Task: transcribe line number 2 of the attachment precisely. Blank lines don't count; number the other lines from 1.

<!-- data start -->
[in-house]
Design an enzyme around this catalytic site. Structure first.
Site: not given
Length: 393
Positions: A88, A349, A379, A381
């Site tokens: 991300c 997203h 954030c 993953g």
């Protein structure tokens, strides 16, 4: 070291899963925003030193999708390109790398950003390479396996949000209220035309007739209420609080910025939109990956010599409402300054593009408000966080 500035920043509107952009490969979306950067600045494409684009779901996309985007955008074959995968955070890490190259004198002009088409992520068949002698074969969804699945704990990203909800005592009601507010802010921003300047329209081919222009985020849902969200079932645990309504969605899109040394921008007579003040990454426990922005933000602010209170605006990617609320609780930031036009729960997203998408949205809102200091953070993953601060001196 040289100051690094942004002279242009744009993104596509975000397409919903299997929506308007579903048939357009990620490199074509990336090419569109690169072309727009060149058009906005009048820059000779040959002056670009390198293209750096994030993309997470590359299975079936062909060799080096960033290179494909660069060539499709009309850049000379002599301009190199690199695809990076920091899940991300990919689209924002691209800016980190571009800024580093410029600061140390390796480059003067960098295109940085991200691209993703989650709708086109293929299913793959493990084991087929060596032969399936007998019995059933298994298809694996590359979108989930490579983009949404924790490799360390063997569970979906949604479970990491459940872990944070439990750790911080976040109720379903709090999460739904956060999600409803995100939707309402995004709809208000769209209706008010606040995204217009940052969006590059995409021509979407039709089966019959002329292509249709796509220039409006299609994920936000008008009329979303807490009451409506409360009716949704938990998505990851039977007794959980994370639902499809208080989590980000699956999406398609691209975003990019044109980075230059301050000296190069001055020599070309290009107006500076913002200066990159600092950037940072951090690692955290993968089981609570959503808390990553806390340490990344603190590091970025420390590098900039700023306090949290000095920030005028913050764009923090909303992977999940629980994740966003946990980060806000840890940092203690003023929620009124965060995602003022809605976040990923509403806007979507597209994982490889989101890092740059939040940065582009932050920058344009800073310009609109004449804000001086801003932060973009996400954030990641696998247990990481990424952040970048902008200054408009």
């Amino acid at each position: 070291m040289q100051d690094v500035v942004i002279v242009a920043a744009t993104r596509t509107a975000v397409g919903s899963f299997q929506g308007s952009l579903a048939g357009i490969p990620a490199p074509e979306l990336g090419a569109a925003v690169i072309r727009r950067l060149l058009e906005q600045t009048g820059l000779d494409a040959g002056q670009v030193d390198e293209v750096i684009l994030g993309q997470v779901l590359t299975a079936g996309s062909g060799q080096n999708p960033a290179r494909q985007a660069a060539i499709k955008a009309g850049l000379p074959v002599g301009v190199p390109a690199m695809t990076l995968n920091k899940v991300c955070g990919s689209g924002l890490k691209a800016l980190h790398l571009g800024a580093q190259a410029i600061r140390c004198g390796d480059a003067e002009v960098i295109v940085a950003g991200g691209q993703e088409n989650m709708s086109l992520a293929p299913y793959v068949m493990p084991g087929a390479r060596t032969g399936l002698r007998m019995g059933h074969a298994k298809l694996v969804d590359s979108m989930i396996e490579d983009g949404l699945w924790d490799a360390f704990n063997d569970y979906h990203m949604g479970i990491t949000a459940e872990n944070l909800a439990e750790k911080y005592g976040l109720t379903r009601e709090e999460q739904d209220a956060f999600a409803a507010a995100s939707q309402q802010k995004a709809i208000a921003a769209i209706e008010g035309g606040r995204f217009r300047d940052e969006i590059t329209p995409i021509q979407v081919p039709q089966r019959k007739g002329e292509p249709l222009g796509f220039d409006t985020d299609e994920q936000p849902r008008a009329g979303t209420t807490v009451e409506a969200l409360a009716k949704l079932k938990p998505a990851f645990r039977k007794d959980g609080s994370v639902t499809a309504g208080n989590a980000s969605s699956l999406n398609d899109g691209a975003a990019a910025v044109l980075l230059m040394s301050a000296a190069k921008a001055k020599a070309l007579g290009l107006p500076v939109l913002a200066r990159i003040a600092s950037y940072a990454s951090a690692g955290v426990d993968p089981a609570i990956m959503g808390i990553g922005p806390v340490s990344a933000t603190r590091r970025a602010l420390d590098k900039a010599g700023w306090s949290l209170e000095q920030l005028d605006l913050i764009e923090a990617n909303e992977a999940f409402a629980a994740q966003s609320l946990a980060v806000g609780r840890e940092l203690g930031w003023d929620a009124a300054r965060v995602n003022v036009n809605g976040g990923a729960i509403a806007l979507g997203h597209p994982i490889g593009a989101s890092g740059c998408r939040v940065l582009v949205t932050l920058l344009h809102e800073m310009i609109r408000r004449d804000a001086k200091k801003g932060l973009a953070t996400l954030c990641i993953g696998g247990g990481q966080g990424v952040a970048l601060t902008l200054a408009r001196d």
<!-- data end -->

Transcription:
Design an enzyme around this catalytic site. Structure first.